We have seen all manner of axes come through our shop that people sought us to restore to useful life. Some could be. Others went right to the scrap pile. How do you tell the difference between an axe that is worth the time to bring back to life and one that can only be used as a door stop? Read on!
EXTRA WEDGES IN THE EYE
One tell-tale sign of potential problems with the eye of the axe is the number (and type) of wedges jammed into the handle. We have pulled out nails, screws and even cut off screwdrivers from the eyes of axes all used to desperately hold the axe head to the handle. Beware!
While using extra wedges can undoubtedly fix a loose axe head in an emergency, resorting to such extreme measures may indicate an unseen defect in the eye of the axe. Remove the wedges, punch out the handle and examine the eye to make sure that it is symmetrical and can still hold a handle.
Chips or Cracks In The Bit
A quick visual inspection of the axe head should reveal chips or cracks in the bit. Finding a crack in the axe head is fatal.
Chips of 1/16” – 1/8” can usually be repaired using a file and/or honing puck.
Mushrooming of the Eye
Mushrooming occurs when the pole of the axe is used as a hammer too often, resulting in extreme damage to the eye. Although the poll of the axe seems like a perfect hammer, excessive use can compromise the tool's safety.
If cracks are seen in the eye, there's no question — the axe should be retired. If there are no visible cracks around the eye and it is not distended so that a new handle can be hafted to it, then continue on. The mushrooming can be ground off the poll of the axe using a high speed grinder or a mill bastard file.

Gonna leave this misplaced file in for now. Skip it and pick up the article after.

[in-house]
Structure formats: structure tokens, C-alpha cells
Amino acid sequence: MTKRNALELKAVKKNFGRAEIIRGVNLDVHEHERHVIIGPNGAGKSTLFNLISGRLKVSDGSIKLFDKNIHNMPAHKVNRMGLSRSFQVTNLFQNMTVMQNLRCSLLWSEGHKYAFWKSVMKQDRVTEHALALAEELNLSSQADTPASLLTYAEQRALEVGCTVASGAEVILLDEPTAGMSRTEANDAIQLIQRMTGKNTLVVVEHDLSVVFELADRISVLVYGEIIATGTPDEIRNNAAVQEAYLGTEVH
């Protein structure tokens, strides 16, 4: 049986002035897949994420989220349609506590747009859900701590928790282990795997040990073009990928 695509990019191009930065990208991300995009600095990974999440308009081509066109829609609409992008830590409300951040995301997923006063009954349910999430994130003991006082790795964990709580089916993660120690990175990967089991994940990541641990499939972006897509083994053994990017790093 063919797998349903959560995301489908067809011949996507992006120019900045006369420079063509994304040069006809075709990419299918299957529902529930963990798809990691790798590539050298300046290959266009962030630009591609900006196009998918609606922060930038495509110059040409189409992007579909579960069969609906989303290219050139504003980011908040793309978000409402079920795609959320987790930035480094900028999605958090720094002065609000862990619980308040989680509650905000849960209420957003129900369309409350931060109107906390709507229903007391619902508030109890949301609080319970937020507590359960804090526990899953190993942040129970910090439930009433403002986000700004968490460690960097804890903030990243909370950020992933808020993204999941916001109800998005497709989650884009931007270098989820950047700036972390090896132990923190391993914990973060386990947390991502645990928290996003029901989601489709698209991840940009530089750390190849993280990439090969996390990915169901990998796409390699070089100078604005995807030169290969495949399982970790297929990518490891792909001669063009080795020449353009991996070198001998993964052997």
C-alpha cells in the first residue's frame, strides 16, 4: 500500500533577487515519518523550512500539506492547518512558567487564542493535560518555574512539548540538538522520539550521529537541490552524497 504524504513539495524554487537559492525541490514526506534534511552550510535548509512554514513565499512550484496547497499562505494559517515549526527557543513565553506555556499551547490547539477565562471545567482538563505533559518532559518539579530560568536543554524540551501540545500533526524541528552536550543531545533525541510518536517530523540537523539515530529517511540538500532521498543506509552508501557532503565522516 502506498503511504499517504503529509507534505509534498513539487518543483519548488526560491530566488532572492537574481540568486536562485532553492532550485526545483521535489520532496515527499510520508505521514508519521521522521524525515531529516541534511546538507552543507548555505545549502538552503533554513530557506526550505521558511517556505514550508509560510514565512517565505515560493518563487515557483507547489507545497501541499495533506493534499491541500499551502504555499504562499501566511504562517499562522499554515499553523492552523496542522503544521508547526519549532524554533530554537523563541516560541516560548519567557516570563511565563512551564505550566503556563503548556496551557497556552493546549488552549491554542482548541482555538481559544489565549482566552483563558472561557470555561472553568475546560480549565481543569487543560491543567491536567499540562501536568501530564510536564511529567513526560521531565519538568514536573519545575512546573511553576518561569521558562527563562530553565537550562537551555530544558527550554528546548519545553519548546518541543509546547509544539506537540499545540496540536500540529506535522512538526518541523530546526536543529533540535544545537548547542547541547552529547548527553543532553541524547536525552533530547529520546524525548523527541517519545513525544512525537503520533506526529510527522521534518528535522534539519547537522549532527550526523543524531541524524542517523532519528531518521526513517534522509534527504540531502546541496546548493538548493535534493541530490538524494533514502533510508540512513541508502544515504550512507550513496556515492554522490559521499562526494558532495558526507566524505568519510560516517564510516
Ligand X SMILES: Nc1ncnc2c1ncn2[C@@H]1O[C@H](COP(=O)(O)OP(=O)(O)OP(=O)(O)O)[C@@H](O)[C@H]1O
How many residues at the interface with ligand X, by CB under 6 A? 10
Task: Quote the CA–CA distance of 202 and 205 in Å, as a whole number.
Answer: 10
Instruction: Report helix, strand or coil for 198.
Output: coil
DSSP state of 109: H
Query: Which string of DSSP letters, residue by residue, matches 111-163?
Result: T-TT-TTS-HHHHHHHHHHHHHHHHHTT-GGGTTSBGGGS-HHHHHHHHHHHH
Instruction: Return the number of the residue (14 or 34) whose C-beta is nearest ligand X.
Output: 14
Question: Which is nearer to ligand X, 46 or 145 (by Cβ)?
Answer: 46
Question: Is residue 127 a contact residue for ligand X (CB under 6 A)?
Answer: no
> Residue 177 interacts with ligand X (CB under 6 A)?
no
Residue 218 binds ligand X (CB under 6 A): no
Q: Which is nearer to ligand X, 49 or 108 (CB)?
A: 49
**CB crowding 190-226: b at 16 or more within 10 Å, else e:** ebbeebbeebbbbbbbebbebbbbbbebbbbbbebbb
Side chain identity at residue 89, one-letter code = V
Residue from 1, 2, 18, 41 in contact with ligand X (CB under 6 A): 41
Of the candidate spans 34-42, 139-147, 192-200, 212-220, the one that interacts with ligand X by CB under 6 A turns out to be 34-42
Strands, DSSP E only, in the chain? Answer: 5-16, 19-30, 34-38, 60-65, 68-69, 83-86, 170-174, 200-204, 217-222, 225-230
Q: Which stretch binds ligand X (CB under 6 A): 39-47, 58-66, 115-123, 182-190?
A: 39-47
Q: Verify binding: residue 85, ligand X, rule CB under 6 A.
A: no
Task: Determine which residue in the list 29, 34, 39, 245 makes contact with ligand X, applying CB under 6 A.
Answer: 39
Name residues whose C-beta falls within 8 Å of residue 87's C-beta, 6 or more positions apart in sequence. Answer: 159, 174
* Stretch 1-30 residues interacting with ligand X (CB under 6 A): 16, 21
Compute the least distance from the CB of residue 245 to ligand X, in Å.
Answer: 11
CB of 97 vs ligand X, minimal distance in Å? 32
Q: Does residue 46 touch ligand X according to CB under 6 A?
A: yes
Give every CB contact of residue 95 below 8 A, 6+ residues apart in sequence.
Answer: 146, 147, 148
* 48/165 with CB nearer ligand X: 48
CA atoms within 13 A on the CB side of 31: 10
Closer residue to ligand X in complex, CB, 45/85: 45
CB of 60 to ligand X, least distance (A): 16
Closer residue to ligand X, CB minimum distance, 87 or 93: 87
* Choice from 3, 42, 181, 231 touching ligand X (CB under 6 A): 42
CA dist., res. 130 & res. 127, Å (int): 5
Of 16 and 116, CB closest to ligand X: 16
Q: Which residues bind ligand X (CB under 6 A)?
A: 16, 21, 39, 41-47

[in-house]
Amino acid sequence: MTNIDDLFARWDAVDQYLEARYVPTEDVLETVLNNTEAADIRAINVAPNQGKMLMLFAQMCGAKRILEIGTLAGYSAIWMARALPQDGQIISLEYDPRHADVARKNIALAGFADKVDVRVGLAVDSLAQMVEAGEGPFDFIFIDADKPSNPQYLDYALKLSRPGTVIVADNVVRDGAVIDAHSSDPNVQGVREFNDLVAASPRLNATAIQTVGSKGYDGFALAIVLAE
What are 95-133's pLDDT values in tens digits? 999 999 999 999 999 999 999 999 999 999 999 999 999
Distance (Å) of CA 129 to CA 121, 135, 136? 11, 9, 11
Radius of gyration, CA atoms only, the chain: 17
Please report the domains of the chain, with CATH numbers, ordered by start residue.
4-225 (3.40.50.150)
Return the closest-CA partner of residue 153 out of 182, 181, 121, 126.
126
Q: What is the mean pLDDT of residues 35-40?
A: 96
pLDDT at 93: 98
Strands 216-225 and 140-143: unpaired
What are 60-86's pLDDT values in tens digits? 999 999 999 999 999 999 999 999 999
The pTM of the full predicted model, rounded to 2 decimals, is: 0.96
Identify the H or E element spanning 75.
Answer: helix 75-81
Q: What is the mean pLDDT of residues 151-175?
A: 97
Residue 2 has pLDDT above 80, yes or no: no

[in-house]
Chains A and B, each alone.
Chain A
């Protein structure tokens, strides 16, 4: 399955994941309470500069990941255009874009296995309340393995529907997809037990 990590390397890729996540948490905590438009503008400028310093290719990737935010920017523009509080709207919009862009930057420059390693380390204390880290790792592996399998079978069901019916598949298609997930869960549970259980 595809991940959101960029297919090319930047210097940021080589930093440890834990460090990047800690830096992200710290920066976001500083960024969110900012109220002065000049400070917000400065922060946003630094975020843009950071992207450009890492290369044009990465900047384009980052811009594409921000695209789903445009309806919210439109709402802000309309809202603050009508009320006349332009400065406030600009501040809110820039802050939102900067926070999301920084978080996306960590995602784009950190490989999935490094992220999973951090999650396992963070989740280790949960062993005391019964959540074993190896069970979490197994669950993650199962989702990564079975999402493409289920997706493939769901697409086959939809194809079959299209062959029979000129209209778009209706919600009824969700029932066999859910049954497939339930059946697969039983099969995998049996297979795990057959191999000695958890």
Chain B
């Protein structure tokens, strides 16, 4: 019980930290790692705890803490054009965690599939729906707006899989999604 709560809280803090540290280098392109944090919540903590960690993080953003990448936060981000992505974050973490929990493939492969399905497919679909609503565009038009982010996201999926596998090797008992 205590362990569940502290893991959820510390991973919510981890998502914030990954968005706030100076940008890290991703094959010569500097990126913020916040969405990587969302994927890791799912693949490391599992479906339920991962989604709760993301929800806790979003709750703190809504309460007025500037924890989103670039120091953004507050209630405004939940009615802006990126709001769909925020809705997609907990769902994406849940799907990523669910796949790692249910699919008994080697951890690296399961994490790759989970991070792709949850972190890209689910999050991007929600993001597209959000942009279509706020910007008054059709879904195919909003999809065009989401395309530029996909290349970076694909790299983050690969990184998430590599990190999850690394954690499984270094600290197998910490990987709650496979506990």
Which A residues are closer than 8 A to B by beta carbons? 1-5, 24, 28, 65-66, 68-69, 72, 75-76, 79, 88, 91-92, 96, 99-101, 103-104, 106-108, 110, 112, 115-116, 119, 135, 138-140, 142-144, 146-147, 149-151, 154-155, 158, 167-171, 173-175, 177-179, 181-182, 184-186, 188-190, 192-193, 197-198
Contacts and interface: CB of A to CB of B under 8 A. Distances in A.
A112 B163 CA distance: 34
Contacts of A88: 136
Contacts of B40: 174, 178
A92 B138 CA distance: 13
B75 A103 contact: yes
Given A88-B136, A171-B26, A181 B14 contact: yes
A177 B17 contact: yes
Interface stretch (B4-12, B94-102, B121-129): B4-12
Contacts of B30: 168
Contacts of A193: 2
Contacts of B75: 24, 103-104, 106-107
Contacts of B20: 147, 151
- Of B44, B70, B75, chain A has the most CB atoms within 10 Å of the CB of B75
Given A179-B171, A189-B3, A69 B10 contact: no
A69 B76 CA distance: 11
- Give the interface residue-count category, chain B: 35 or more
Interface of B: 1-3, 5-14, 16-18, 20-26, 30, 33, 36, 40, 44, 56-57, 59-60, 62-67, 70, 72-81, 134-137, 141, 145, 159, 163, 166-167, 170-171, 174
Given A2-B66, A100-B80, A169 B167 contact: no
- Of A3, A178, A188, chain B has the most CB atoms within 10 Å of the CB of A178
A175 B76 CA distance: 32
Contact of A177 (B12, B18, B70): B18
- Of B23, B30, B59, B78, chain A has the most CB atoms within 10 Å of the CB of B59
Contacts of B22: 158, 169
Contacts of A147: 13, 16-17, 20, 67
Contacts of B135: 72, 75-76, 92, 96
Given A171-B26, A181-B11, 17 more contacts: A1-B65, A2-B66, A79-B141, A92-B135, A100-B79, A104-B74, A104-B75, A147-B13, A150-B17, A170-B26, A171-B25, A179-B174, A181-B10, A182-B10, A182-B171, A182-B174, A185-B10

Remember that safety should always be a top priority, and one way to prioritize safety is by replacing a damaged axe rather than trying to continue using it.
We often find axes which have been sharpened in one direction more than the other, i.e. the bit is asymmetrical. This is why when sharpening your axe make sure that you use the same number of passes from both directions.
Depending on how asymmetrical the bit is sometimes it can be saved. However, older axes were generally only hardened from the end of the bit up approximately an inch. If the bit is off by more than a inch to one direction, then the axe head’s next stop is the junk pile.
Additionally, excessive grinding can remove the hardened steel from the bit, rendering it beyond repair. To keep your axe in top condition, sharpen it properly and regularly — and remember, always sharpen from both sides to avoid uneven wear.
If you would like our advice on whether to restore your axe or not or would like us to restore it for you reach out to us about restoration services.